Tuesday, July 6, 2010

Thinking of a Puppy?

We get lots of phone calls and emails from folks interested in obtaining a wonderful Kangal Dog puppy for their family. Unfortunately we do not breed regularly and when we do we are looking for good homes where a Kangal Dog will be a full-time livestock guardian dog or family and farm companion dog. We have several guidelines that help us place dogs in good homes:

1. Good fencing. Kangal Dogs will not stay in your yard or property without it. And we mean really good fencing. Probably much taller and more robust that you can imagine.

2. Experience with large dogs. A Kangal Dog is not a good dog for a first-time dog owner. A Kangal Dog will very large when fully grown (110 to 140 pounds) and he will be a self-thinker not a dog who is eager to please and easily trained.

3. Space. A Kangal Dog is not really suited to urban or even suburban living. He needs lots of good solid exercise, he barks loudly and often, and he will become protective of his house and home. Yes, some folks in urban/suburban settings are great owners of happy Kangal Dogs but they are unusually dedicated to their dog's welfare and requirements.

There are several strong traits that the Kangal Dog possesses which also making owning a Kangal Dog a challenge:

1. They are livestock guardian dogs who were bred for centuries to live and work with their animals and shepherds in large unfenced spaces. They need the stimulation of work and they will think of of their territory as something much larger than a yard or even a few acres.

2. They protect against livestock threats through loud barking and intimidation. Especially at night. They are just doing their job not trying to irritate your neighbors, but if you have neighbors they may do just that.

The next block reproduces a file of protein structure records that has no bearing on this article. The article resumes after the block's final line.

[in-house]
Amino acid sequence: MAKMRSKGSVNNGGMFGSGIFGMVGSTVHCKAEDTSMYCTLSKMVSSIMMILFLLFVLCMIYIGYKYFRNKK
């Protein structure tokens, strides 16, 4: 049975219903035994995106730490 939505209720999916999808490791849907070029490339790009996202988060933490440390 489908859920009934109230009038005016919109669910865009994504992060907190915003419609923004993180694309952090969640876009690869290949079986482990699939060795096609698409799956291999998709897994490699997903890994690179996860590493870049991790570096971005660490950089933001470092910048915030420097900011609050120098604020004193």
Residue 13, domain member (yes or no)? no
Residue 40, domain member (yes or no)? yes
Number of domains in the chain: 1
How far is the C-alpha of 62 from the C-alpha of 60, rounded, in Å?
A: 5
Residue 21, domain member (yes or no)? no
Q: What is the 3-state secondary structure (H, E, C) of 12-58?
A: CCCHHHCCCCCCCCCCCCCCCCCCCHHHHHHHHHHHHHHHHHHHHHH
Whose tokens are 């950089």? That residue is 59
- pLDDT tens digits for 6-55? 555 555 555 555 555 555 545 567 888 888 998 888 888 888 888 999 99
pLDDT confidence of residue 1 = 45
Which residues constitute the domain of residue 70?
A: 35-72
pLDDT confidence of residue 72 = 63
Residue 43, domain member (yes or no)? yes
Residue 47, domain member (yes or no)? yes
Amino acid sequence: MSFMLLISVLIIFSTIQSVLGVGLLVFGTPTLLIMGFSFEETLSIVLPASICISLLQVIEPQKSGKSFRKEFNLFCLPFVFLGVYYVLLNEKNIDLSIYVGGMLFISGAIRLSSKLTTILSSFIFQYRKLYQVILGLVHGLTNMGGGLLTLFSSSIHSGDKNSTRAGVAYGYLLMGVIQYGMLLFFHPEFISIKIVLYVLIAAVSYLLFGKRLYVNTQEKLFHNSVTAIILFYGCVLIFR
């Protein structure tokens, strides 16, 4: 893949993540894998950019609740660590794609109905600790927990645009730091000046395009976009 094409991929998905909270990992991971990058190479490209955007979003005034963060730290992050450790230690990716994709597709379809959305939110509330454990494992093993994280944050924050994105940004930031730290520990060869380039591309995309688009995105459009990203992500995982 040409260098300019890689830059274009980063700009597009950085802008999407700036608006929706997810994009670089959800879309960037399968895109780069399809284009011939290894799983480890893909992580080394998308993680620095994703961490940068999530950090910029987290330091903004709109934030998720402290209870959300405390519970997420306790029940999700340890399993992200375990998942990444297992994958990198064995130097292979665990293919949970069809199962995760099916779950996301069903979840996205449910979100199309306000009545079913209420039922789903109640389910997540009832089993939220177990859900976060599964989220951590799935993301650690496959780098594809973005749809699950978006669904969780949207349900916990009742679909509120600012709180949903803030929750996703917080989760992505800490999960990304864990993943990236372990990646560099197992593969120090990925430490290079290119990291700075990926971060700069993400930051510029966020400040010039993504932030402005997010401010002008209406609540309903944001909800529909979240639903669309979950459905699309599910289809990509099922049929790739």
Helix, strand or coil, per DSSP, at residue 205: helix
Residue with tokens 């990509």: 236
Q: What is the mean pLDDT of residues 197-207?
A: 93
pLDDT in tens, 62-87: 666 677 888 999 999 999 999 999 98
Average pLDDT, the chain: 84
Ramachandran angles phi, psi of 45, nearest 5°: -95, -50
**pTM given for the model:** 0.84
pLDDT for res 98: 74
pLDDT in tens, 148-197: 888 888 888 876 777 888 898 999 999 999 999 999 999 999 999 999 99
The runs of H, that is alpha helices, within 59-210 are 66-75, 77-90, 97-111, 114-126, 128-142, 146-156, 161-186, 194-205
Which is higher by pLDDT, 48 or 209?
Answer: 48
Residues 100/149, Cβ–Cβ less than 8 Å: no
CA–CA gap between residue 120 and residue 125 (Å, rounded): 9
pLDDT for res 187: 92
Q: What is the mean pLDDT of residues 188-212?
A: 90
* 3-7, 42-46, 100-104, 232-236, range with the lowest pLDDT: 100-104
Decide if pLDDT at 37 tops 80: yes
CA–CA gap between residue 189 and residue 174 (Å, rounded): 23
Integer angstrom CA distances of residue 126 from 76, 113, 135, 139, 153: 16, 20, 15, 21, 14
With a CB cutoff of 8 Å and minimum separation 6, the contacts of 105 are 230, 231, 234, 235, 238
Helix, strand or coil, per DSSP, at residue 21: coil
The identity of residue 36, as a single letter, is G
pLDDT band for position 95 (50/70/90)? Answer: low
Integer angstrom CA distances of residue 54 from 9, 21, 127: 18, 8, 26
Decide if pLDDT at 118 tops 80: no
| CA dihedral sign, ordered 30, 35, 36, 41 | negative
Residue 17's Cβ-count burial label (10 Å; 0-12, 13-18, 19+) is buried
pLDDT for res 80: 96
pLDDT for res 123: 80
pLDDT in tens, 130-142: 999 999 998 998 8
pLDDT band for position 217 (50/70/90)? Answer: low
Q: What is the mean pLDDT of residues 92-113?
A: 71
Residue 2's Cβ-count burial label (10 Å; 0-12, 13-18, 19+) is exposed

3. They like to build dens against heat and cold. They will do this in your yard. If you are proud of your landscaping this is probably not the dog for you. They also need to chew, especially when they are young. Things they like to chew include small tree trunks and branches and anything you leave out. Decks, lawn furniture, toys . . .

4. They are not a traditional guardian dog breed. You cannot train them like one of these breeds. They operate instinctively to protect their stock when in their judgment they perceive a threat. They are not command-oriented dogs. They mature slowly and often are not serious about protecting their flock until they are two years of age or more. Until then, they are huge puppies who need some careful guidance in how to behave appropriately with livestock and people.

We like to talk to folks interested in Kangal Dogs but we would suggest that you can learn a great deal about this breed from the information at the website of the Kangal Dog Club of America. Especially two documents found there:

Is a Kangal Dog the Right Dog for Me?

Thinking of Buying a Kangal Dog?

Finally, I wrote Livestock Guardians to answer the multitude of questions people had about choosing and working with Kangal Dogs, among other livestock guardian dog breeds. Please take the time to carefully read and learn about these marvelous dogs.